It's already done. It just needs tweaking and details. Tweaking, because it looks like they intend to keep the artificial division of beer stores and wine and liquor stores: not needed, stupid. I like the limit of three licenses per owner/corporation; it works well in Massachusetts. I don't like that owners of beer distributors are prohibited from owning a liquor store; put it all in one store. I actually wouldn't mind privately-owned booze-only stores, "package stores." Me, I don't need to buy my booze at grocery stores, as long as I don't have to buy it from the State. Details are needed, and this acknowledges that.

What we would need, though, is private citizen, non-lawyer representation on the Board that finally hammers this out. This is NOT something to be done behind closed doors; there's too much money involved. I want to see this fair, and I want to see it without all the licenses winding up in the hands of legislators' friends, and I want to see it so that it benefits the Commonwealth and all its citizens, not just a small influential group. Given the recent rotten history of the PLCB, I don't think that's an unreasonable request.

I'll have some ideas for you on how to take the fight to Harrisburg, and your local paper, and your local radio/TV stations. The iron's hot; time to strike.


sam k said...

Ah, 1987...the last year of the second term of the greatest Pennsylvania governor in my lifetime, and now, 22 years later, his progressive legacy resurfaces and might finally see action!

Lew, this is an awesome and excellent thing; a plan authorized by the very agency that would be eliminated by it. What better argument for it to move forward, since who could argue against it? Oh, wait...the current governor; a man who has taken us back beyond the Thornburgh years and planted us squarely in the uber-patronage mindset of the Shapp administration.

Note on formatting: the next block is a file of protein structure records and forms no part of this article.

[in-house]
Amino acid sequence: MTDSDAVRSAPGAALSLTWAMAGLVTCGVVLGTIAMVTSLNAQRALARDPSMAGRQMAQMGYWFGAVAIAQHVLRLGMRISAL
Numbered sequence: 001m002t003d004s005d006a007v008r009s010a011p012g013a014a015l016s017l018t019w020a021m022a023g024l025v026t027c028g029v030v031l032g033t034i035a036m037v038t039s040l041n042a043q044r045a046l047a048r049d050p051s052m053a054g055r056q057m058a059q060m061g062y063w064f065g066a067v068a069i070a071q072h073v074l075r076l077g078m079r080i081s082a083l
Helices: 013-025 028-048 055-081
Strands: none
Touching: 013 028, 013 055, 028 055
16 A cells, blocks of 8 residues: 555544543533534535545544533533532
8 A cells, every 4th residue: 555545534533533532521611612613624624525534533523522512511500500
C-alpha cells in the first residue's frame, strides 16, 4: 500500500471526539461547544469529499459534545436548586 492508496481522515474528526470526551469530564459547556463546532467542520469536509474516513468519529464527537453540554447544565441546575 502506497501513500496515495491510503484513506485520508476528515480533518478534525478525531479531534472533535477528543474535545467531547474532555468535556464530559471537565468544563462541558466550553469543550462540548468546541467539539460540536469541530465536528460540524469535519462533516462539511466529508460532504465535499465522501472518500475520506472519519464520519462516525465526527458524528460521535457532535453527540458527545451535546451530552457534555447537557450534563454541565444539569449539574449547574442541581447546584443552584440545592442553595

That could be the biggest hurdle here...at least until the next election.

Lew Bryson said...

Didja have to bring up Shapp?

sam k said...

At least he got rid of the pay toilets on the turnpike!

Harry Spade said...

Whoa whoa whoa... pay toilets on the turnpike? I think I see a way out of this budget stalemate...

Thanks for the links Lew. I've hollered at my reps about this before, but I'll take a look at this stuff and get fired up again.

Anonymous said...

Good job lew, I agree with you a 100%, and thanks for hearing me out, a friend.

Anonymous said...

I am a state store employee...while I know it is my insurance and rent and groceries I'm ultimately talking about,I will say it.....we are suffering terribly from understaffing and underfunding and excessive over managment,an extremely expensive new software system which is a disaster and has hobbled our ability to function and serve the stampede of customers we face everyday... we are collectively ready to snap under the cluelessness and cruelty and arrogance of the Conti era and that is where the achilles heel in this diabolical system lies,how the store people and particularly the part time help,the clerks and assistant managers are treated while their union is helpless!Otherwise you can blog all you want...the votes will never happen in a place like Harrisburg where systemic corruption is a way of life and there is never enough money for fast Eddie and his boys to play with while all the rest of us are expected to sacrifice and suffer and hemmorage revenue...to work for no paycheck even...or be a state store clerk and be trampled and pummeled,insulted and mauled while breaking our backs and driving to work in blizzards,risking our lives because someone might need a pint of vodka and might be pissed if they don't get it...then being told that we must be"educated" by the state in the art of customer service... only to learn that a lucrative contract for this ridiculous idea was awarded to the husband of a regional managers company with all other bids rejected....it's called solutions 21 and it's for assholes. Oh well, thanks for letting me vent...I could write so much more but I'm only here to tell you that indentured servitude under 17th century working conditions is alive and well in the US of A... there are worse jobs I suppose....coal mining and slaughter house work comes to mind but I will end here and say this place combines the worst elements of public service and government work imaginable.